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Costs of development drive in spotlight

(China Daily)

16:46, May 17, 2013

While it's widely acknowledged that the urbanization drive will help sustain China's economic growth, it's still a matter of debate whether the government will be able to finance the massive rural-urban shift.

City governments have been working to grant migrant workers equal access to welfare, but most said they are struggling to find the fiscal means to foot the bill.

So how much will the urbanization process cost?

Feng Qiaobin, a professor of economics at the Chinese Academy of Governance, has an answer.

Based on her calculations, the total cost of the urbanization drive, which includes expenses for education, pensions, housing and employment that would allow 158 million migrant workers to settle in cities, is likely to amount to 1.8 trillion yuan ($292.7 billion).

She said housing issues are the biggest concern for migrant workers, followed by the education expenses for the children moving with them, and then pensions and subsidies, social security and healthcare.

"It's not a question of whether the government has that amount of money or not, but, instead, of how to adjust the allocation structure to make it work," Feng said.

She said a common problem is the concentrated fiscal allocations to key cities, which encourages huge migratory inflows to those cities.

In an ideal scenario, the central government would cover the costs of social security and education, and the local governments should provide social assistance and low-cost housing.

Meanwhile, eastern cities are expected to have higher housing costs.

"If we choose to prolong the urbanization process to 2030, that will translate into 101 billion yuan per year, which is a totally acceptable amount," Feng said.

And regardless of the urbanization drive, the government has essentially been paying some of the bills, such as the new Rural Cooperative Medical Care System, an initiative launched to overhaul the healthcare system and make it more affordable for the rural poor.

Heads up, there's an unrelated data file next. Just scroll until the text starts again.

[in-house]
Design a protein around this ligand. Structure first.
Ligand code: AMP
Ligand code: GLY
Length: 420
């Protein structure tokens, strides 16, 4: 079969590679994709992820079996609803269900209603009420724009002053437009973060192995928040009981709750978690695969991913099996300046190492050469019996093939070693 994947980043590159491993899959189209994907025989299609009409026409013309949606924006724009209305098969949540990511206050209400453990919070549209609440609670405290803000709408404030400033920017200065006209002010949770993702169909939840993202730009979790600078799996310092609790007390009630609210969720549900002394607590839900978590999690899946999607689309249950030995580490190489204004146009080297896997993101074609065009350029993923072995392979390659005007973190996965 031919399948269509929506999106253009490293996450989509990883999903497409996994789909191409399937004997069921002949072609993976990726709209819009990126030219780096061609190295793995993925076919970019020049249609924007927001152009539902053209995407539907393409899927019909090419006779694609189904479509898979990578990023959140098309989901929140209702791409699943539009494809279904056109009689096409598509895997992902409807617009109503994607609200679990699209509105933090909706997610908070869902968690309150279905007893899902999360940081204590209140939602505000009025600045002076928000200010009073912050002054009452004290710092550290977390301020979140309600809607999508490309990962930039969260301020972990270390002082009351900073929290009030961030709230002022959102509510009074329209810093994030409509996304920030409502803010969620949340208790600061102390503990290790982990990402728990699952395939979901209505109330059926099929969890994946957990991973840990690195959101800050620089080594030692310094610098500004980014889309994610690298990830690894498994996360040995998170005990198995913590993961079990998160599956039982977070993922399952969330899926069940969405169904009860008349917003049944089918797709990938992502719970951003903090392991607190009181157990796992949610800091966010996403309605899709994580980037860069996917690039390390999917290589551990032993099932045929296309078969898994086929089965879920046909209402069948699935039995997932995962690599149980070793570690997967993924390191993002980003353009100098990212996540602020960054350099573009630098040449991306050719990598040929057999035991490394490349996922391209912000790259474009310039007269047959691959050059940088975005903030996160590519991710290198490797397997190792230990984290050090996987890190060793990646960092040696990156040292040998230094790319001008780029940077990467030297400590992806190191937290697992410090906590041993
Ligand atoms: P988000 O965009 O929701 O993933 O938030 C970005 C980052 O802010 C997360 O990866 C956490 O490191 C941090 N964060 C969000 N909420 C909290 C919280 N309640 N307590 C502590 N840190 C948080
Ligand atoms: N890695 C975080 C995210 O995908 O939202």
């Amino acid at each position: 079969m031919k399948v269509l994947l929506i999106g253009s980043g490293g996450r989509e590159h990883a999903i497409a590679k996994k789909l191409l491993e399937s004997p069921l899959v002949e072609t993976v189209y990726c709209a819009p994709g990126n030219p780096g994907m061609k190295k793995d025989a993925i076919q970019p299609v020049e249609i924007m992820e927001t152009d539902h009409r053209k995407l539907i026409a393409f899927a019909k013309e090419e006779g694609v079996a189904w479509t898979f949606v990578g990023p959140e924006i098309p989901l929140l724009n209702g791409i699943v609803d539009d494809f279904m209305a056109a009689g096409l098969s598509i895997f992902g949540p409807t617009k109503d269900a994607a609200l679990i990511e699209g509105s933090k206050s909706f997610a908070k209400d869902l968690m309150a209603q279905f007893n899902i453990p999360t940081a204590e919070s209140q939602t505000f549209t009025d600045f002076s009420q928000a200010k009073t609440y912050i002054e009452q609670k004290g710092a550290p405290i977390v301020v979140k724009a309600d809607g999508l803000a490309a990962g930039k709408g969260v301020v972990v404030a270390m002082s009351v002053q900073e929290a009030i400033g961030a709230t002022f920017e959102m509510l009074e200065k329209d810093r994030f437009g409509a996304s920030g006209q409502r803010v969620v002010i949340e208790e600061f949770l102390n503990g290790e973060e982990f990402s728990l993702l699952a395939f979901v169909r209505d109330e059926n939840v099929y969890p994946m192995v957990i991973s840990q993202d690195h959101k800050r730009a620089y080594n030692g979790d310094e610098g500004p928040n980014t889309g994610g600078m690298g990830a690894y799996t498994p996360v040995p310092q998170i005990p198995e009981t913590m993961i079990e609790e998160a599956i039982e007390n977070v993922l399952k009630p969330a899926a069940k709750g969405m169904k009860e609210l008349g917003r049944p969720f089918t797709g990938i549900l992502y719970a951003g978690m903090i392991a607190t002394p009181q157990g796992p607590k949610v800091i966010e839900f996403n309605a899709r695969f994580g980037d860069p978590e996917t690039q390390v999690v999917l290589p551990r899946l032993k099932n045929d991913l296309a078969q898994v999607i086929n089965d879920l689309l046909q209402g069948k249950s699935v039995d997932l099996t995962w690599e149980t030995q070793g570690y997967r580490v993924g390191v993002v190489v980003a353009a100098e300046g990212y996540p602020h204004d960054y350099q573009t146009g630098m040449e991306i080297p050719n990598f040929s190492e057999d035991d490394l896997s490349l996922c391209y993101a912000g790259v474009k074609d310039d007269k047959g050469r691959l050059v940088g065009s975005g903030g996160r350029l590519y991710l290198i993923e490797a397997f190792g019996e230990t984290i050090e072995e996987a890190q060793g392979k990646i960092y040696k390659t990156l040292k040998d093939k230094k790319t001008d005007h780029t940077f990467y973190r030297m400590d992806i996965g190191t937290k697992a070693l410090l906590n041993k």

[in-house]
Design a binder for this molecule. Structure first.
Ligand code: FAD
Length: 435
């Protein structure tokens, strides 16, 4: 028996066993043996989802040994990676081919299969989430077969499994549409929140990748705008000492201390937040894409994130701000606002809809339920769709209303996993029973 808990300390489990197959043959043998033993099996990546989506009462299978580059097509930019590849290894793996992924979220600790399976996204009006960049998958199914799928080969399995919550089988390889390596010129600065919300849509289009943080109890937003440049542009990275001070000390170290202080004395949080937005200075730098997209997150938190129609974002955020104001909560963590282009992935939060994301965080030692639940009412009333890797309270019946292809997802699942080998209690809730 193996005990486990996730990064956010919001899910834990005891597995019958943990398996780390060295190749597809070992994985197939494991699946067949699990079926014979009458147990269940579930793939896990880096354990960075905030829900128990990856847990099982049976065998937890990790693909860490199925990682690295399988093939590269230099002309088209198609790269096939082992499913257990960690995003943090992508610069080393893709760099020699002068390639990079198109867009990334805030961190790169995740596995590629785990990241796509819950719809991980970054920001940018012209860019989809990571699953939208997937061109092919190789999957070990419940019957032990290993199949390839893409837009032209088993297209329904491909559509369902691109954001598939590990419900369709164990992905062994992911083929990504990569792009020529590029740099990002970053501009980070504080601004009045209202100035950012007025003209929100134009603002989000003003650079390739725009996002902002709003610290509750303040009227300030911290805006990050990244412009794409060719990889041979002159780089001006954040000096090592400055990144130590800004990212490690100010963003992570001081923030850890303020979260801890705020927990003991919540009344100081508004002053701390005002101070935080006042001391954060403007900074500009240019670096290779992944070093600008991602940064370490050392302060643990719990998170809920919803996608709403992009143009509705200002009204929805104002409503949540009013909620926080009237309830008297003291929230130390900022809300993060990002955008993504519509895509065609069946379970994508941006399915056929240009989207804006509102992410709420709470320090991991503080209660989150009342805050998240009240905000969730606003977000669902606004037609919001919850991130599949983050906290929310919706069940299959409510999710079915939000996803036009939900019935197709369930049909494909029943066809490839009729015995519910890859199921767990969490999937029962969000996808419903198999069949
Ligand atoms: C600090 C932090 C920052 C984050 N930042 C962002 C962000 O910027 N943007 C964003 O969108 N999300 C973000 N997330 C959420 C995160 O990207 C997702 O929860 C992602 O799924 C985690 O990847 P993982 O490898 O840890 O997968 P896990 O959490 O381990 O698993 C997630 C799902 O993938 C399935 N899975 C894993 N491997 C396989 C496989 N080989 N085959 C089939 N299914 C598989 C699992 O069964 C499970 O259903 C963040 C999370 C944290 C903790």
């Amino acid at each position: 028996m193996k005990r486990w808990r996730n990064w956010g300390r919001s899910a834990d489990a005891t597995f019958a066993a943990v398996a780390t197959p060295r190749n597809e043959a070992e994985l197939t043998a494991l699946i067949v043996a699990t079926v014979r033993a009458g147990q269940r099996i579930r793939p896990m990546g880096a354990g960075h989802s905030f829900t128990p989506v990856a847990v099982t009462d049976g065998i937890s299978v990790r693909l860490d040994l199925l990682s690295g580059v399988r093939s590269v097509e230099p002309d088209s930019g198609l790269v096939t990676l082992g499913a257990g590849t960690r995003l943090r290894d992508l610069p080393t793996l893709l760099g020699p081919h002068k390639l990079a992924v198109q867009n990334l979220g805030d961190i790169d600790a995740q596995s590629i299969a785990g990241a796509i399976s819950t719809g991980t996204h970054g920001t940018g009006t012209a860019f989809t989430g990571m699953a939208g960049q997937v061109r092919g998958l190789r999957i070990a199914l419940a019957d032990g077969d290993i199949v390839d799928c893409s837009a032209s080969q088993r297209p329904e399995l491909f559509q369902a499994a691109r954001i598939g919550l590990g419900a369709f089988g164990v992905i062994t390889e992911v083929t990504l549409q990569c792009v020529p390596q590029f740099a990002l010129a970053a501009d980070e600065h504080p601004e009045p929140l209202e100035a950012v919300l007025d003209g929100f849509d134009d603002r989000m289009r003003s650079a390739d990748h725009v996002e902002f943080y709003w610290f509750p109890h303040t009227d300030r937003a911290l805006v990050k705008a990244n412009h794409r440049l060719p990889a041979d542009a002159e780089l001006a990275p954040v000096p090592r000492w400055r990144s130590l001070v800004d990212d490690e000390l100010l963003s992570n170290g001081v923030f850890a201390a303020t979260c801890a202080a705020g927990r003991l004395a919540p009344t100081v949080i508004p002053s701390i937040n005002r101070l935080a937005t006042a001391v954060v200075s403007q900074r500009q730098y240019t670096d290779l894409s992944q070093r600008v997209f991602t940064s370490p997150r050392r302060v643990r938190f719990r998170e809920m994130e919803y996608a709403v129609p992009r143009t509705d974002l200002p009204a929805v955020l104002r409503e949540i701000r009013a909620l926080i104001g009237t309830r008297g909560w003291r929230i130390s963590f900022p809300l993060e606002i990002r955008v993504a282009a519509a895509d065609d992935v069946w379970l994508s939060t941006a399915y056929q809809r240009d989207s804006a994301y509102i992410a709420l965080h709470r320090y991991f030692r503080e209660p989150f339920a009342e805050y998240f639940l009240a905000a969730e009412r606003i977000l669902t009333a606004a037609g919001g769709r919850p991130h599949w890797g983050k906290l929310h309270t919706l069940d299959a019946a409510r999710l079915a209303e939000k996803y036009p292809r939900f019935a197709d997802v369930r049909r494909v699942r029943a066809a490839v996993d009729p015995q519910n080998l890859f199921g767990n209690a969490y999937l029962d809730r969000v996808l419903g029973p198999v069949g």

That means the total expenditure for the urbanization process might be even lower than expected, Feng said.

Institutional reform is happening more slowly than the labor market integration process, which is being facilitated by migration. Therefore, many sociologists have been calling for a thorough reform of the budgetary and taxation systems, which prevents the local governments from relying heavily on land sales.

It is thereby of critical importance to unify the country's budgetary system, which is now handled both by the central and local governments, experts said.

A Moody's Investors Service report issued in March said that China's 2013 draft budget is credit negative for the local governments.

The results are likely to constrain the ability of local governments to fund mounting demands to provide services and infrastructure amid the country's continued urbanization drive, said Moody's senior credit officer Debra Roane.

The pressures are likely to lead some local governments to increase borrowing via financing vehicles, a practice likely to trigger high local debt burdens, Roane noted.

On the one hand, it is necessary to have a unified budget management of the governments' funds, since many non-budgetary funds are not included in the budget system at present.

China has reached the point where it is time to introduce another round of tax reforms, said Jia Kang, director-general of the Ministry of Finance's Institute for Fiscal Science.

"In 1994, China introduced the tax-sharing system, which categorized the country's tax revenues into central taxes, regional taxes, and several shared taxes. Transfer payments from the central government to localities are also part of the system to narrow regional differences," Jia said.

While the system has allowed the central government to have better access to tax revenues, it eventually led to the local governments' financial difficulties, he added.

"The key lies in the balance between local finances and central government funding and the need to keep in check any overflow of money in one area," Jia said.

He urged accelerated reforms to unify the system so that local governments can have a stable source of income.

Global experiences show that during the course of urbanization, income from tax revenues declines while the urban population keeps expanding, making it hard for modernization projects to stay on track.

Therefore, innovative public-private partnerships may provide a pragmatic solution to reconcile these opposite trends.

According to Robert Haas, senior adviser at GIZ GmbH, a government-appointed development solution provider, improvements in urban living can be made through partnerships that combine innovative philanthropic efforts from the private sector, forward-thinking policies from local governments, and support from nonprofit organizations.

"It's rare to see the public and the private sectors here in China make actual contacts in the urbanization process. In Germany, government input will result in seven times the investment amount from enterprises," he noted.

Rather than simply cutting back on services like healthcare, education and transportation, in the face of budget deficits, local governments can work with companies to change the way they are delivered, Haas said.

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